If you'd read Simmons' 2005 book "Twilight in the Desert: The Coming Saudi Oil Shock and the World Economy," your take on oil price fluctuations is informed by a more powerful basic trend. Simmons spent years studying peak oil scenarios, paying particular attention to what the Saudi's said they have in reserve, versus what the hard data shows. And he's quite convinced there's a heck of a lot less in Saudi oil fields than the Saudis (and the big oil execs) are claiming is there. A question haunting you today, then, even as oil settles below $100 per barrel, might be: "am I doing enough to make sure DOD can fulfill its missions when oil is $200 per barrel ... and maybe much more than $200?" See this.
Monday, September 29, 2008
Energy Decision Makers' Dilemma: How Much Will Oil Cost Next Year? In 5 Years? In 20?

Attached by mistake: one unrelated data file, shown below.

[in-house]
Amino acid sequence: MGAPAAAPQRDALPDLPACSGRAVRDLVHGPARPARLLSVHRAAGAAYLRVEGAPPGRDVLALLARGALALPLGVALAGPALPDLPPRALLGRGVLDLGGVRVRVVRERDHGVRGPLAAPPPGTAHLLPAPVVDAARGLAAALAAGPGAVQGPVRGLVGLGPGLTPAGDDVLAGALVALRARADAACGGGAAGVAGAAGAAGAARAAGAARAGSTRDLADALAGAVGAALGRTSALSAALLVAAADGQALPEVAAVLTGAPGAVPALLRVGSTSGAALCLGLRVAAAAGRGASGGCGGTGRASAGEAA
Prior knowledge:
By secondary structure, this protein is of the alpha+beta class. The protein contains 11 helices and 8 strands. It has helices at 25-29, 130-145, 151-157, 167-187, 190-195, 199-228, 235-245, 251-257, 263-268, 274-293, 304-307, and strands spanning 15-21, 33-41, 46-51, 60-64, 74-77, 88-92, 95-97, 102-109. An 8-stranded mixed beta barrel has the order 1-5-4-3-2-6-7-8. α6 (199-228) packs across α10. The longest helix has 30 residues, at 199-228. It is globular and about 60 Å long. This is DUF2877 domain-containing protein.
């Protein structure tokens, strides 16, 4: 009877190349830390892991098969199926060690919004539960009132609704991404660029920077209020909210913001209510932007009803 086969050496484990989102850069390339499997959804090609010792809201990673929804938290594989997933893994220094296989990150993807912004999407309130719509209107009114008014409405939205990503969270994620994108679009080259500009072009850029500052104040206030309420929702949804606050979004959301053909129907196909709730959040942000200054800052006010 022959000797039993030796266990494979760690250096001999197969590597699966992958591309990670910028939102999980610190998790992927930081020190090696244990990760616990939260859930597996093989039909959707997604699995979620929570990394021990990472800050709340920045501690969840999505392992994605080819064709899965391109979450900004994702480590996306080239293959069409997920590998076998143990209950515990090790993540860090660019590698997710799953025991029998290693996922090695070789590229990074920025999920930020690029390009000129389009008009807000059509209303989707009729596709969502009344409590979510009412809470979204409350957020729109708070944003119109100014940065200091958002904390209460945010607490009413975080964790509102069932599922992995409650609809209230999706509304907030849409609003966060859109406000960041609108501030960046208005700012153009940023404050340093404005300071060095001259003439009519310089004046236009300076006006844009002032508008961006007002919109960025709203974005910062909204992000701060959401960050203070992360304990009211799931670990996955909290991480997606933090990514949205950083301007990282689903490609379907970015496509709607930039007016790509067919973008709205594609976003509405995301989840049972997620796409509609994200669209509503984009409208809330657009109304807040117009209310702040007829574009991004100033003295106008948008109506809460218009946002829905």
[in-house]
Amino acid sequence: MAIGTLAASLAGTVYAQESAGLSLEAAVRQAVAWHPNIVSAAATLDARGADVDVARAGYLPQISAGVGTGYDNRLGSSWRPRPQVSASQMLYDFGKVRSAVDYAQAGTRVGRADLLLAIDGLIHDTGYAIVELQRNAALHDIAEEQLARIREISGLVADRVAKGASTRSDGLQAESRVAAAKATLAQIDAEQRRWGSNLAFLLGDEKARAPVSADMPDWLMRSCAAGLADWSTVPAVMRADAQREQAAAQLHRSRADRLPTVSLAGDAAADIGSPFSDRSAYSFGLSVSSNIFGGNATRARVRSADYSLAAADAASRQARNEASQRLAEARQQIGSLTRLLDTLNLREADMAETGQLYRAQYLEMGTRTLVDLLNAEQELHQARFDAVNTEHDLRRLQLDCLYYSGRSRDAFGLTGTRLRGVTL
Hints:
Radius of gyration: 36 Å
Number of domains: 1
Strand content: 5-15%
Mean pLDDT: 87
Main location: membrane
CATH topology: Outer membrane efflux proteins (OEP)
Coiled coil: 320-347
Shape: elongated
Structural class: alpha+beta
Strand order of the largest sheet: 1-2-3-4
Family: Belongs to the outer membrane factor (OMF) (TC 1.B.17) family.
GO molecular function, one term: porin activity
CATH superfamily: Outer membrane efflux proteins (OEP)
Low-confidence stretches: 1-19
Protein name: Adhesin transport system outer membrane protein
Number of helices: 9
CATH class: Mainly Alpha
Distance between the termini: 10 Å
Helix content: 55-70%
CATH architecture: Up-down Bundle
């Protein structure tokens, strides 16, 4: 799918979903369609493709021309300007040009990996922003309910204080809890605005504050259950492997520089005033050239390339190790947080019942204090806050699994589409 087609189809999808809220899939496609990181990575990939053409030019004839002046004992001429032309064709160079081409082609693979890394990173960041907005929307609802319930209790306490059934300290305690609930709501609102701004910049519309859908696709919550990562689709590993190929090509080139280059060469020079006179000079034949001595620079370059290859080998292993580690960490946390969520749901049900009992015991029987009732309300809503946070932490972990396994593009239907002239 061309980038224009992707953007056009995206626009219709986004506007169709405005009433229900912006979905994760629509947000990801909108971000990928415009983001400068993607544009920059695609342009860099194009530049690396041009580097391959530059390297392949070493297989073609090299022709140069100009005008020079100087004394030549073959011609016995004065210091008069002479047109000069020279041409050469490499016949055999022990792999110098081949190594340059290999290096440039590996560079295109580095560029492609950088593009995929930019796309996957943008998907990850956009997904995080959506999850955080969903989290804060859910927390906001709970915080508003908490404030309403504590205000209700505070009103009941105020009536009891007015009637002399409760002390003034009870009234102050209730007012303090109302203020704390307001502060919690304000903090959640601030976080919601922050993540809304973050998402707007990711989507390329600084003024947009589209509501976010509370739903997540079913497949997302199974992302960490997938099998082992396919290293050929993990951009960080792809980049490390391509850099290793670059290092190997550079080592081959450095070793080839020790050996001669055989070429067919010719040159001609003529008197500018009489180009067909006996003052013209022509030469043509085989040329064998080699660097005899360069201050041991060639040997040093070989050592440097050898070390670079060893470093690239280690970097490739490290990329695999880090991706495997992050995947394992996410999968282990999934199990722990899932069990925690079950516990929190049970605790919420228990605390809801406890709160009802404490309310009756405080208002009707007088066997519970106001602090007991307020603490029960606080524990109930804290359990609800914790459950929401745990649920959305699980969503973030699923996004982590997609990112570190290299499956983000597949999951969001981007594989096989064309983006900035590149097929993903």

Let's say you run DOD. Today you observed that when congress voted down the Wall Street bail-out plan the stock market fell 700 points. And as it fell, it took the price of oil with it, over $10, so a barrel of oil is once again priced at less than $100. Feels almost like a bargain. When economists forecast a slowing economy, they also forecast lower demand for energy. But given all the efforts you've set in motion recently to add energy efficiency and conservation to policy, do you consider today's events to be good news or bad news for the department?